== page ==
The Woody Allen Reboot You Won’t See at the Oscars (or Maybe Anywhere)

Posted on March 12th, 2018
By JOHN LELAND for the New York Times

“Do you have sex often?”

Harry Miller, who is 94 and a regular at the senior center at Lenox Hill Neighborhood House, gave the question some thought. “Hardly ever,” he said. “Maybe three times a week.”

Shula Chernick, 73, had a different view. “Constantly,” she said, sounding aggrieved. “I’d say three times a week.”

Ms. Chernick and Mr. Miller, who are friends and occasional dinner companions, are the stars of an unusual movie that you may never get to see. Mr. Miller plays a character named Alvy Singer. Ms. Chernick, who grew up in the Bronx, is Annie Hall, from Chippewa Falls. The movie, which includes the dialogue above, is “My Annie Hall.”

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Posted on March 5th, 2018
By David Sugarman for Tablet Magazine

‘Seeing psychologically’ the philanthropic American collector couple who put Los Angeles on the art map

Fred and Marcia Weisman look unhappy. The artist sets them among their sculptures, standing apart and looking in different directions. Fred clenches a fist so fiercely he appears to be dripping paint; Marcia grins, her mouth mirroring that of the totem in the grass behind her.

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The Chosen Ones: An Interview with Maureya Lebowitz

Posted on February 26th, 2018
By Periel Aschenbrand for Tablet Magazine

The ballerina on being an artist and an athlete, finding inspiration in her Shabbat dress, and babysitting Bob Dylan

Born in Malibu and trained in Winnipeg, Maureya Lebowitz is a real, live, Jewish ballerina. Suffice it to say, she is not your typical ballerina. For starters, her show prep includes a power nap, an espresso, and some dark chocolate. After joining the Birmingham Royal Ballet in 2011, Lebowitz has started to gain international attention, dancing as a soloist all over the world: As Princess Aurora in Sleeping Beauty, Belle in Beauty and the Beast, and Spring in Cinderella. She happened to be in New York and, as such, we met in downtown Manhattan for Mexican food and conversation.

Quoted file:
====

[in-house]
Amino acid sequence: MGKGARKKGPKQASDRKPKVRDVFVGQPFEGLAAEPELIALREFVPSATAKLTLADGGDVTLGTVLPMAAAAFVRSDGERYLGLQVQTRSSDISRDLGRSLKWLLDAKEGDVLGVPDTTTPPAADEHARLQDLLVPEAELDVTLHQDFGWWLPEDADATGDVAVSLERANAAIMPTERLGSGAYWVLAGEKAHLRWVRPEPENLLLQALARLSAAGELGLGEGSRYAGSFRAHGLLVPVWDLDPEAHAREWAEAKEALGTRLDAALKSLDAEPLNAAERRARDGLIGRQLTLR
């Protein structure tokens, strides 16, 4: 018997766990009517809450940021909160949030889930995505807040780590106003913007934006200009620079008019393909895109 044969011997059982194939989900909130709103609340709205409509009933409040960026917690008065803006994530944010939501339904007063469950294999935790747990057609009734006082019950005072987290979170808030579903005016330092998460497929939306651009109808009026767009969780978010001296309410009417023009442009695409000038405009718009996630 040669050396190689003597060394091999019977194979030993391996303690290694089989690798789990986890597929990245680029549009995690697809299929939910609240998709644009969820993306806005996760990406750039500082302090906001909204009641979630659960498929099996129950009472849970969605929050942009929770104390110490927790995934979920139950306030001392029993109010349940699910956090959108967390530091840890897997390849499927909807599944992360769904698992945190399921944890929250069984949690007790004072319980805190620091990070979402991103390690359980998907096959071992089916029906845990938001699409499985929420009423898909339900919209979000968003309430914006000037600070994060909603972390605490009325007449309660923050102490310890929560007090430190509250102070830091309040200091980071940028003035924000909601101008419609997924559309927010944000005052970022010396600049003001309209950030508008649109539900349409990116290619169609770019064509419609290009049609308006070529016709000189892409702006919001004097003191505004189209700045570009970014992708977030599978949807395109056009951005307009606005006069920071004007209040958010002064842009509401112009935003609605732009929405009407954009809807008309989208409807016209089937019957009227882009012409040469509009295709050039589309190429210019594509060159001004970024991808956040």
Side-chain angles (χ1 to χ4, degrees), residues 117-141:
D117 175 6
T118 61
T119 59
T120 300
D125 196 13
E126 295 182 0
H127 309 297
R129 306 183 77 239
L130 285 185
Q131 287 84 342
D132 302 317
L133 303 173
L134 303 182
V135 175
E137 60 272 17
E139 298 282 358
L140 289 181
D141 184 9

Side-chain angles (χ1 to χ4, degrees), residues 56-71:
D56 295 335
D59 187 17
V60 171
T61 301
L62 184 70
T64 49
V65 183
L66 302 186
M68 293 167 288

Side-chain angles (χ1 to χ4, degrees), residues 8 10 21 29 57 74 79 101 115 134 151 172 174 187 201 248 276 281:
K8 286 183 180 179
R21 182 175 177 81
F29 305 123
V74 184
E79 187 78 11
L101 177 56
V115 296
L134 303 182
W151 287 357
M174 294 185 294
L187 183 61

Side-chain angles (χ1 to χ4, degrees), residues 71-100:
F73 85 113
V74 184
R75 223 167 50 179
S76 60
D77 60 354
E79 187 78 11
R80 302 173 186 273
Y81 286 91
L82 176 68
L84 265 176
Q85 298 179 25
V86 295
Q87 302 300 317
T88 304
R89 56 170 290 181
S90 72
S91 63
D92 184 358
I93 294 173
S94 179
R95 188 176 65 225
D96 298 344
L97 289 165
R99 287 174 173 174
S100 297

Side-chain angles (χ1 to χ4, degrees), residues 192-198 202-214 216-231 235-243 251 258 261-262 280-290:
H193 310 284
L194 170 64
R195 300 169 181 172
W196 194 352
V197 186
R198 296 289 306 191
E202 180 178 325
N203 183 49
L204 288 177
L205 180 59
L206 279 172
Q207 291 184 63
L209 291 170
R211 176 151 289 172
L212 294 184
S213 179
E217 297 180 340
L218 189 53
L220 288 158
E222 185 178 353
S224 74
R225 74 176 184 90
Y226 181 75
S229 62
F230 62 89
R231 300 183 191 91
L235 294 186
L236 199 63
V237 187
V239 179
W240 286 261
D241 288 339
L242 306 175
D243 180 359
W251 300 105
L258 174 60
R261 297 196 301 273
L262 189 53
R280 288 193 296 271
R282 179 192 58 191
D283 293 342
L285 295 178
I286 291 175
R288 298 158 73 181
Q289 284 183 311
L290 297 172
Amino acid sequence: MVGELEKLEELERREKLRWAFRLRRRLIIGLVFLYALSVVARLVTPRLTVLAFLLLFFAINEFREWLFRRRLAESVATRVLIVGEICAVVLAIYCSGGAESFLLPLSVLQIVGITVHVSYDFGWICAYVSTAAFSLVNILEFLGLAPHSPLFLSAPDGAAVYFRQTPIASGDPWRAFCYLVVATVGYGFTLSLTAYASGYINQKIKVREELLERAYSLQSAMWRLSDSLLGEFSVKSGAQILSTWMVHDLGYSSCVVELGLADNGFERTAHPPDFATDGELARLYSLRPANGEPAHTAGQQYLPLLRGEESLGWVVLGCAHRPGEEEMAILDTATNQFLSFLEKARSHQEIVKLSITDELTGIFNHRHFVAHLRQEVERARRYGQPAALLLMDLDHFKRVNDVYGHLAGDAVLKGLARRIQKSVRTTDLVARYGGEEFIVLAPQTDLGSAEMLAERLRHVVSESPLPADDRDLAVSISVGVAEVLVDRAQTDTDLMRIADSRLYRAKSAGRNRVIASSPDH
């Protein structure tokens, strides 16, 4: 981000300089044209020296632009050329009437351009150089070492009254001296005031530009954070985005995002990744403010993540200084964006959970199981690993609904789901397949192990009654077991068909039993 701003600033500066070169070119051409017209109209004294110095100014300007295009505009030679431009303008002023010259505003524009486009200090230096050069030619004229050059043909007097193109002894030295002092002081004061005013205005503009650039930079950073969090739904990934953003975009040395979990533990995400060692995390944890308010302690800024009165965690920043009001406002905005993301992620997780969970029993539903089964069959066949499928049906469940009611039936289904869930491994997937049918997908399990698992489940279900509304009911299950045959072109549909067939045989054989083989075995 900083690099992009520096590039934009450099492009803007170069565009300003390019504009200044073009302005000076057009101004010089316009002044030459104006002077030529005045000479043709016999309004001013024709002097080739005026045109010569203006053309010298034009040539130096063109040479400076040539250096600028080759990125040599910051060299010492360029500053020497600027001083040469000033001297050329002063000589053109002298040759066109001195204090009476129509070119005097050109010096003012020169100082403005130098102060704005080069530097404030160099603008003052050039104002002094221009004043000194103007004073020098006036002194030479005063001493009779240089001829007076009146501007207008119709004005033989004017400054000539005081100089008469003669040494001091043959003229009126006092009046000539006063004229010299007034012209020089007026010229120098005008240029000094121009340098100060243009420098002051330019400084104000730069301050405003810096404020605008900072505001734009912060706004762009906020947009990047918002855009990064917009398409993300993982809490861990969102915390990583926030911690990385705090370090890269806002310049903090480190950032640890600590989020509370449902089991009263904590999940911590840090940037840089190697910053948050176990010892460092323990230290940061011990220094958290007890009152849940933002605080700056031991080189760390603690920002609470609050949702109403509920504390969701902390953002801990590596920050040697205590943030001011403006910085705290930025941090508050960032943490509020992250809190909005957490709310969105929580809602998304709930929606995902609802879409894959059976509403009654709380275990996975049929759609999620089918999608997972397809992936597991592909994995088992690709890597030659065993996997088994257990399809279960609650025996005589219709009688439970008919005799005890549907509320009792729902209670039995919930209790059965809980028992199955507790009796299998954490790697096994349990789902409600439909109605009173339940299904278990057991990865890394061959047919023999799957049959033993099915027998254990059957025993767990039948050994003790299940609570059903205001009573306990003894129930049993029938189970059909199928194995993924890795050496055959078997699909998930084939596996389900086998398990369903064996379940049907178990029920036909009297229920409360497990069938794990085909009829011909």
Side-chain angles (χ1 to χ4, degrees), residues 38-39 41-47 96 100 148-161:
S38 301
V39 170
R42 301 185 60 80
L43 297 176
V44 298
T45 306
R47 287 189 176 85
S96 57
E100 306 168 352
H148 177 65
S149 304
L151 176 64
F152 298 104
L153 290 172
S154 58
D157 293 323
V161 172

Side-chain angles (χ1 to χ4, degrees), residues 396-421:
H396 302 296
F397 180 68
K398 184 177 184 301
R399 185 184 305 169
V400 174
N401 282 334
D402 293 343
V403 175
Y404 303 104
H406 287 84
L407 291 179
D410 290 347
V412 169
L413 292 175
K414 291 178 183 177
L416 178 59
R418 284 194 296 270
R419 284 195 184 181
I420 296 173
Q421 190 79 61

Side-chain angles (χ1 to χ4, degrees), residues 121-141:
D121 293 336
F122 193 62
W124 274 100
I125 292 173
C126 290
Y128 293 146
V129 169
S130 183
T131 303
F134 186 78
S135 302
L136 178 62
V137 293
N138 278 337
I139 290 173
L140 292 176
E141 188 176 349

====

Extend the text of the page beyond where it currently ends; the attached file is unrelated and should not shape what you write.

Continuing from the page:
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THE ART OF JEWISH SONG Yiddish and Hebrew Part 1

Posted on February 19th, 2018
From The Milken Archive of Jewish Music

A New Virtual Exhibit

The meaning and impact of a good song depends upon the delicate interdependence of music and words. Melody and musical "accompaniment" carry and nuance a text’s meaning, and words can influence how we hear the music to which they are paired. The Milken Archive’s Volume 9, The Art of Yiddish Song: Yiddish and Hebrew Lieder, presents a collection of evocative Yiddish and Hebrew poems set for voice and piano that follow in the tradition of lieder, or art songs.

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Fact-Checking The Frisco Kid: A Historian’s Take on a Jewish Classic

Posted on February 12th, 2018
Shari Rabin for Jewish Book Council

While writing my book about Jews in the era of westward expansion, I found myself getting asked (a lot) about the Gene Wilder comedic western The Frisco Kid. Although there are countless cinematic depictions—and historical accounts—of Jewish life on the Lower East Side, apparently the rest of the country has to resign itself to this 1979 box office flop, which tells the story of a Polish rabbi traveling westward to San Francisco in 1850. Recently, some twenty years after I last saw it, I sat down to confront my subject’s most famous treatment.

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